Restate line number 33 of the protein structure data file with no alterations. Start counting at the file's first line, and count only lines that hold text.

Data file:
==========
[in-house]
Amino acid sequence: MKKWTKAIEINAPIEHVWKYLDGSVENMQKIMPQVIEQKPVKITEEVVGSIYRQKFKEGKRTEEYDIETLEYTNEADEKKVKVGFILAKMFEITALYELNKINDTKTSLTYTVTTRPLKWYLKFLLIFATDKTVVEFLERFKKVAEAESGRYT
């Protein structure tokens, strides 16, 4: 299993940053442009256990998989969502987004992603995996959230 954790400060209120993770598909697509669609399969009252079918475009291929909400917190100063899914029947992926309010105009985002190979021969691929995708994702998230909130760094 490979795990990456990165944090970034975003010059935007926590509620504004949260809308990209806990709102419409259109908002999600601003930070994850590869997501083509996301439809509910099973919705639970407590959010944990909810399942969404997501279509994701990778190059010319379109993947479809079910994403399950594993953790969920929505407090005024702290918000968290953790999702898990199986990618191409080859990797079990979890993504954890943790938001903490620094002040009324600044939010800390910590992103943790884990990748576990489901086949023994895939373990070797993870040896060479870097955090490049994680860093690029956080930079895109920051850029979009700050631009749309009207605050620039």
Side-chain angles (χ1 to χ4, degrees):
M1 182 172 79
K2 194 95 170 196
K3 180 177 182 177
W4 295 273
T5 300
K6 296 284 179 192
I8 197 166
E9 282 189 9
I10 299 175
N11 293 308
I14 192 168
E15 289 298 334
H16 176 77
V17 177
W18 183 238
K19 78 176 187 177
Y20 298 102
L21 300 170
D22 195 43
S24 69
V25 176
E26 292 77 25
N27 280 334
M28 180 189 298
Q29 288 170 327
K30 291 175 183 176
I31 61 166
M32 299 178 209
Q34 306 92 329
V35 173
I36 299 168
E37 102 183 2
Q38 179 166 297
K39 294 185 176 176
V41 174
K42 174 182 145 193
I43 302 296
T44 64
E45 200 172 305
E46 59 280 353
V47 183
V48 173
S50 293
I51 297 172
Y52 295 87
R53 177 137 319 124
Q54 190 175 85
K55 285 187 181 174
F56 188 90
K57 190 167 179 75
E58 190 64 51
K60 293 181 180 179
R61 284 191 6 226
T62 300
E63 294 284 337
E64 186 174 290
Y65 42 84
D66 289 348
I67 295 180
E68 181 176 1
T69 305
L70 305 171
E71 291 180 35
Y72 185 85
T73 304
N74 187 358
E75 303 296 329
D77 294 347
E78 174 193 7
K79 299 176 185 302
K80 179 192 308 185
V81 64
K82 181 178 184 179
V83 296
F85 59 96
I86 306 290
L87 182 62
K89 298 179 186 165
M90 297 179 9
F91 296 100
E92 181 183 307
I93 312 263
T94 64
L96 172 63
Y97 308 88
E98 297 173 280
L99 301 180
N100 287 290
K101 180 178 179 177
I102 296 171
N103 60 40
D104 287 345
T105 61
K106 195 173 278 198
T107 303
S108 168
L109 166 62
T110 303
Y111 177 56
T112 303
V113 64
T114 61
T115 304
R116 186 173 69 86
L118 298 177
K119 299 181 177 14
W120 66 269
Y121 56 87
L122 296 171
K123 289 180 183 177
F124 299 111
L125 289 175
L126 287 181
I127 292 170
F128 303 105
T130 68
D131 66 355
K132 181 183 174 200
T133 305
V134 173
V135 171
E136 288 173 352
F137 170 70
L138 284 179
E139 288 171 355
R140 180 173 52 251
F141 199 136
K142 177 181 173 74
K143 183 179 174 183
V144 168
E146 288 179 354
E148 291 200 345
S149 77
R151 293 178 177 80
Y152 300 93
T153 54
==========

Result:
Q34 306 92 329